Under the residual clause that Dimaya struck down, "[t]he term 'crime of violence' means" an "offense that is a felony and that, by its nature, involves a substantial risk that physical force against the person or property of another may be used in the course of committing the offense." 18 U.S.C. § 16(b). Under the residual clause at issue here, "the term 'crime of violence' means an offense that is a felony and . . . that by its nature, involves a substantial risk that physical force against the person or property of another may be used in the course of committing the offense." 18 U.S.C. § 924(c)(3)(B). To borrow a phrase, the two statutes are "materially identical." Gov't's Br. 12, Sessions v. Dimaya, S.Ct. No. 15-1498 (Nov. 14, 2016); see Dimaya, 138 S.Ct. at 1241 (Roberts, C.J., dissenting) ("§ 16 is replicated in . . . § 924(c)"). We therefore discern no basis for a different result here from the one in Dimaya. Accord United States v. Salas, 889 F.3d 681, 684-86 (10th Cir. 2018) (invalidating section 924(c)(3)(B) and explaining why its textual similarity with section 16(b) is dispositive). In short, section 924(c)(3)(B) is void for vagueness. Dimaya requires us to abjure our earlier anlaysis to the contrary.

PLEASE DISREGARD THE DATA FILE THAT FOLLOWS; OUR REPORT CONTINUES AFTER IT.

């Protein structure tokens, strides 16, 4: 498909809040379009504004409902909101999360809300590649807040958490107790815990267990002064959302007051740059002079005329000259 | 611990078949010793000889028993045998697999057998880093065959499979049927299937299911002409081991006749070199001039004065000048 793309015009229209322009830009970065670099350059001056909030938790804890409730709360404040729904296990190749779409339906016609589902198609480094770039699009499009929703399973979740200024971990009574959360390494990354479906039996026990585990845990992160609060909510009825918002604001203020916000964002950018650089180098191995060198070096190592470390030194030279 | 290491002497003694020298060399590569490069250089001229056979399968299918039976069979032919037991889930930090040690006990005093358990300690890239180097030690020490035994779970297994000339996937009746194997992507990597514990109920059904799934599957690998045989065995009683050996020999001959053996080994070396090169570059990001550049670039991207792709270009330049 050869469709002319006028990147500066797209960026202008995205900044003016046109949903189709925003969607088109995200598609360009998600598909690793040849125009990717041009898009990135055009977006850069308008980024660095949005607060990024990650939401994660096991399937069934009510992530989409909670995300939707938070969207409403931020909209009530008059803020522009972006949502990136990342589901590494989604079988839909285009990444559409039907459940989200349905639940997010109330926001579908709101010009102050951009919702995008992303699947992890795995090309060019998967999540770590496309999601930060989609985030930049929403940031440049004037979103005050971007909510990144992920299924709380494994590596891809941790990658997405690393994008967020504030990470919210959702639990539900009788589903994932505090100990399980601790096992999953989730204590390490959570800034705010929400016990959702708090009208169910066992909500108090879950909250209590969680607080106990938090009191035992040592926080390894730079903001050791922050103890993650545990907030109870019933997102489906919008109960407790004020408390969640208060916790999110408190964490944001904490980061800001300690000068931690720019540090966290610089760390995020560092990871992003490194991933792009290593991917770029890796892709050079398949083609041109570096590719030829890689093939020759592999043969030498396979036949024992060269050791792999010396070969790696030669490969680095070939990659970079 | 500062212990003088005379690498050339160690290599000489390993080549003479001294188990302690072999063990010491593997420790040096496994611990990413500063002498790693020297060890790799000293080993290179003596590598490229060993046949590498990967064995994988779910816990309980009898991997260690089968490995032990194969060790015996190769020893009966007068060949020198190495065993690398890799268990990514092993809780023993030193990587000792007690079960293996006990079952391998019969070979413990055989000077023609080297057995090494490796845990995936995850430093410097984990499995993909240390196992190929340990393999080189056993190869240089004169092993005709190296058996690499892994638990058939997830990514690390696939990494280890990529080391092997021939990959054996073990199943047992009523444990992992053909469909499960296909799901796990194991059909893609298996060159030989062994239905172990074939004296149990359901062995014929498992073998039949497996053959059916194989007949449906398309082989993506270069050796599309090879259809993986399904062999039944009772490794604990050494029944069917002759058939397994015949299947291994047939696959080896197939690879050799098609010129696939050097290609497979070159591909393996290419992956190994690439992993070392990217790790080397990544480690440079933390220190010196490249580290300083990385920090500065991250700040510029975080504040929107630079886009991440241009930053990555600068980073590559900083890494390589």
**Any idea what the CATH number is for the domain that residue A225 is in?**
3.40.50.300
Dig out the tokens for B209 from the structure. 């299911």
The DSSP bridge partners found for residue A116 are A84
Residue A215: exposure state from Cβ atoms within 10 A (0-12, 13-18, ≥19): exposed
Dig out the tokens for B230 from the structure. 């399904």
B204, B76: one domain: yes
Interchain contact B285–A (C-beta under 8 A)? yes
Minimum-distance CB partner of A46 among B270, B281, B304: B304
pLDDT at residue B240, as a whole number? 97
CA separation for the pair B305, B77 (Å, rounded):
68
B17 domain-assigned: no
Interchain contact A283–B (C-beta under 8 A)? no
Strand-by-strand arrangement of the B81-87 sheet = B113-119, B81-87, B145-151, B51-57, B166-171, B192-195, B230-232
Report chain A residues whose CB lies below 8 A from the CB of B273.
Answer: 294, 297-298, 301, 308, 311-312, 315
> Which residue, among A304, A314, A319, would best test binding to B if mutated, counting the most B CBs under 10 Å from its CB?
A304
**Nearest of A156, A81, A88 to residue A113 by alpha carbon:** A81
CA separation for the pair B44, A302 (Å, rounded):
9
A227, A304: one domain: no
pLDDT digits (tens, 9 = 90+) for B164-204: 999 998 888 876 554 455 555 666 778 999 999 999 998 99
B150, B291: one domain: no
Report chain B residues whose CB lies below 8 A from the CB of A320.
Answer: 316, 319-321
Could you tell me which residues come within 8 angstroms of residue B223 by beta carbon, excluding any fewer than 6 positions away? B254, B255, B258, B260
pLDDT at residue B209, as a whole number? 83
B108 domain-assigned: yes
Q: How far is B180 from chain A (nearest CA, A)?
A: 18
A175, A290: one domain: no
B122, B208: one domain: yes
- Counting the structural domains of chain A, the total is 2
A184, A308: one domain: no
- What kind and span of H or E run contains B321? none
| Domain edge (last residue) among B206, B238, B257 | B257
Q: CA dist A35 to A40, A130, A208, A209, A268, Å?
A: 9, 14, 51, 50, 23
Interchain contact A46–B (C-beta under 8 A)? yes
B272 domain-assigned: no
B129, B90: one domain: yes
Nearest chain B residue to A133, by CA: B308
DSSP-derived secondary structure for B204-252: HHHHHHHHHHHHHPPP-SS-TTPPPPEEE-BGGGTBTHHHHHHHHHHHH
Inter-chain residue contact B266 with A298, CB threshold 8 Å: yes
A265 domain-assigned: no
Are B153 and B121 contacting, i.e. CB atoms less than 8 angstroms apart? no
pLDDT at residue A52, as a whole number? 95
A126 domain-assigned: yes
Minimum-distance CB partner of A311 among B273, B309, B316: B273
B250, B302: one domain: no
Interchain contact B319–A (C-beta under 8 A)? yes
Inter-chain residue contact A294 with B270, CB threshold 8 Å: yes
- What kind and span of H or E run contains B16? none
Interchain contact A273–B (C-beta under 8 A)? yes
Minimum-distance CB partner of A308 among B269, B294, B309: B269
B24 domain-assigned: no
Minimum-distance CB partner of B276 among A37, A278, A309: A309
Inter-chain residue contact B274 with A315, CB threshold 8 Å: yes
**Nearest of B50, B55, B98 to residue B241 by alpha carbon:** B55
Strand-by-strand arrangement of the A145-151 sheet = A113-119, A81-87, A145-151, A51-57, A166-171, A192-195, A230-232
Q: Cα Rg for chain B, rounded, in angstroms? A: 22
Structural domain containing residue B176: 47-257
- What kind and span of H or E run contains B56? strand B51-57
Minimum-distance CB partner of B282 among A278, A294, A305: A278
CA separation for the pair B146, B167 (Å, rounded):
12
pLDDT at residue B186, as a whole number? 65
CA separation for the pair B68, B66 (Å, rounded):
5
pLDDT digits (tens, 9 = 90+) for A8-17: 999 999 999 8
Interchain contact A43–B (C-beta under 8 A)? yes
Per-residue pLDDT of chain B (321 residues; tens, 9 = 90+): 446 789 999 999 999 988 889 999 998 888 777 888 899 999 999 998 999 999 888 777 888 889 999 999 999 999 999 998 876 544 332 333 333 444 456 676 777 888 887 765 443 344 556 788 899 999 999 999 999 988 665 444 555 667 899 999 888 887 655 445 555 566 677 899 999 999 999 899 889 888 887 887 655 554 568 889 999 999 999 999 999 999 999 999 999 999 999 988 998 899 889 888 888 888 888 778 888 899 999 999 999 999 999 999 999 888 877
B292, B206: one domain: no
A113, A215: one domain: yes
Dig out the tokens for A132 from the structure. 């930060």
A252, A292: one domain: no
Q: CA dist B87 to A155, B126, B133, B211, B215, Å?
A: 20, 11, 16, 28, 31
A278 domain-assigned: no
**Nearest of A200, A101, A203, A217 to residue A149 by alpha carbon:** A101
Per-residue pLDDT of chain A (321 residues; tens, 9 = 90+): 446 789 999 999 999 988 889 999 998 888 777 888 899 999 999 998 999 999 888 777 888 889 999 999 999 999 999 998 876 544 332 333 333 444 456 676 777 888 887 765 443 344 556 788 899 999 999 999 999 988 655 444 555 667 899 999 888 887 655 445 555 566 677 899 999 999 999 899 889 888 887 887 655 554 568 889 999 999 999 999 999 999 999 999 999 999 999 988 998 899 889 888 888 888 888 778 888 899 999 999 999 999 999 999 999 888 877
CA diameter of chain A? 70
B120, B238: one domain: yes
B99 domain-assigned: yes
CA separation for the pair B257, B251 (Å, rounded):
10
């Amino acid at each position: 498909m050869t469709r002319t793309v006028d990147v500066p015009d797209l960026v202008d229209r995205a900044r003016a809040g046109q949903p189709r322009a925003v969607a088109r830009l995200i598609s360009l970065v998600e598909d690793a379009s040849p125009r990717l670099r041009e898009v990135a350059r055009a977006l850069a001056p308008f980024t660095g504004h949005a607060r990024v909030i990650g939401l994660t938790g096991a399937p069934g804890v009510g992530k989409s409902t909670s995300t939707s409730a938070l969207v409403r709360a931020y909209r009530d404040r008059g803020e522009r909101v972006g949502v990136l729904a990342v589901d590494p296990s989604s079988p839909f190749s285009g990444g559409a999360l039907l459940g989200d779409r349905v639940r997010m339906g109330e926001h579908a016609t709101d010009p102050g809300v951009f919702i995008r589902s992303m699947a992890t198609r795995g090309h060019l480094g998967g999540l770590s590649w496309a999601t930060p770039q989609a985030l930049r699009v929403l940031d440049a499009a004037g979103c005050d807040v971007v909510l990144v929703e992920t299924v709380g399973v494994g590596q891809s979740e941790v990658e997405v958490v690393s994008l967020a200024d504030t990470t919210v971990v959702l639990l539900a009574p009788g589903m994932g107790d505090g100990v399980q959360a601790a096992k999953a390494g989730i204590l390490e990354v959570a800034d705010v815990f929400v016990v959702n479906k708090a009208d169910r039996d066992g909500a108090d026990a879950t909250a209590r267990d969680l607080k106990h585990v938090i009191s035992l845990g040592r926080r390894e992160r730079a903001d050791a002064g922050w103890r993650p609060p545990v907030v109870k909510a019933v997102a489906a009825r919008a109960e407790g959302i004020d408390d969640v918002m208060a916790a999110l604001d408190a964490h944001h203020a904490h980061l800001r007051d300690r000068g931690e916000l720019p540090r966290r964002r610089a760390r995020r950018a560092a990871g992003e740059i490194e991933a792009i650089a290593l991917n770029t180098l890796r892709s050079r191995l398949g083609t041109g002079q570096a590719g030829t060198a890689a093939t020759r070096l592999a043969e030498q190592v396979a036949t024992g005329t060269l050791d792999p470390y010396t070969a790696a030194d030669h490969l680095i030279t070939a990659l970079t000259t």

The government concedes "that the panel should grant rehearing in order to address the impact of Dimaya." Appellee's Suppl. Br. 3. But it urges us to "construe § 924(c)(3)(B) to require a case-specific approach that considers appellants' own conduct, rather than the 'ordinary case' of the crime." Id. at 8. In the government's telling, this construction is a necessary means of avoiding "the constitutional concerns that [a categorical] interpretation would create following Dimaya." Id. Whatever the clean-slate merits of the government's construction, we as a panel are not at liberty to adopt it: circuit precedent demands a categorical approach to section 924(c)(3)(B), see United States v. Kennedy, 133 F.3d 53, 56 (D.C. Cir. 1998), and one panel cannot overrule another, see LaShawn A. v. Barry, 87 F.3d 1389, 1395 (D.C. Cir. 1996) (en banc) ("That power may be exercised only by the full court, either through an in banc decision . . . or pursuant to the more informal practice adopted in Irons v. Diamond, 670 F.2d 265, 268 n.11 (D.C. Cir. 1981).").